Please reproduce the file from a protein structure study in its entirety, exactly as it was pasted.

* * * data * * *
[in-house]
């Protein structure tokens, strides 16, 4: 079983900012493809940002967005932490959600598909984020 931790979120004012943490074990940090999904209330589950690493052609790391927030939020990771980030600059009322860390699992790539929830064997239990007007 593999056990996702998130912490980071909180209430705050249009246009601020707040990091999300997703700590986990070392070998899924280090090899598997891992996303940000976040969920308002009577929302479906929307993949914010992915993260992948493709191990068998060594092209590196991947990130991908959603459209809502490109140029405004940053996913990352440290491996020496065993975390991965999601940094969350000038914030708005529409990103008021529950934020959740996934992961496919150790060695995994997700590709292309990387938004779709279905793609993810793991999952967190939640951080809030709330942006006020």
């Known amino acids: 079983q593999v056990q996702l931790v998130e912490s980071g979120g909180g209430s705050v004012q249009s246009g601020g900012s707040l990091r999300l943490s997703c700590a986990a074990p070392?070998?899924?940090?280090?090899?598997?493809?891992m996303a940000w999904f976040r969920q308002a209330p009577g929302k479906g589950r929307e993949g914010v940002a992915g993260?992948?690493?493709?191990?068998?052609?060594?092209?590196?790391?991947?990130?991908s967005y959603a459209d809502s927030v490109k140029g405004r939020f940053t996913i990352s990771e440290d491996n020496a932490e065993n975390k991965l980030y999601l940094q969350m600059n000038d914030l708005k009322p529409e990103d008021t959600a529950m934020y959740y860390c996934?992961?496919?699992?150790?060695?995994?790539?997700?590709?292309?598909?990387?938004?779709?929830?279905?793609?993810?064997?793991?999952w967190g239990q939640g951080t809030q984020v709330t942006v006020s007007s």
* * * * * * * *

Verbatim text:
[in-house]
């Protein structure tokens, strides 16, 4: 079983900012493809940002967005932490959600598909984020 931790979120004012943490074990940090999904209330589950690493052609790391927030939020990771980030600059009322860390699992790539929830064997239990007007 593999056990996702998130912490980071909180209430705050249009246009601020707040990091999300997703700590986990070392070998899924280090090899598997891992996303940000976040969920308002009577929302479906929307993949914010992915993260992948493709191990068998060594092209590196991947990130991908959603459209809502490109140029405004940053996913990352440290491996020496065993975390991965999601940094969350000038914030708005529409990103008021529950934020959740996934992961496919150790060695995994997700590709292309990387938004779709279905793609993810793991999952967190939640951080809030709330942006006020």
């Known amino acids: 079983q593999v056990q996702l931790v998130e912490s980071g979120g909180g209430s705050v004012q249009s246009g601020g900012s707040l990091r999300l943490s997703c700590a986990a074990p070392?070998?899924?940090?280090?090899?598997?493809?891992m996303a940000w999904f976040r969920q308002a209330p009577g929302k479906g589950r929307e993949g914010v940002a992915g993260?992948?690493?493709?191990?068998?052609?060594?092209?590196?790391?991947?990130?991908s967005y959603a459209d809502s927030v490109k140029g405004r939020f940053t996913i990352s990771e440290d491996n020496a932490e065993n975390k991965l980030y999601l940094q969350m600059n000038d914030l708005k009322p529409e990103d008021t959600a529950m934020y959740y860390c996934?992961?496919?699992?150790?060695?995994?790539?997700?590709?292309?598909?990387?938004?779709?929830?279905?793609?993810?064997?793991?999952w967190g239990q939640g951080t809030q984020v709330t942006v006020s007007s």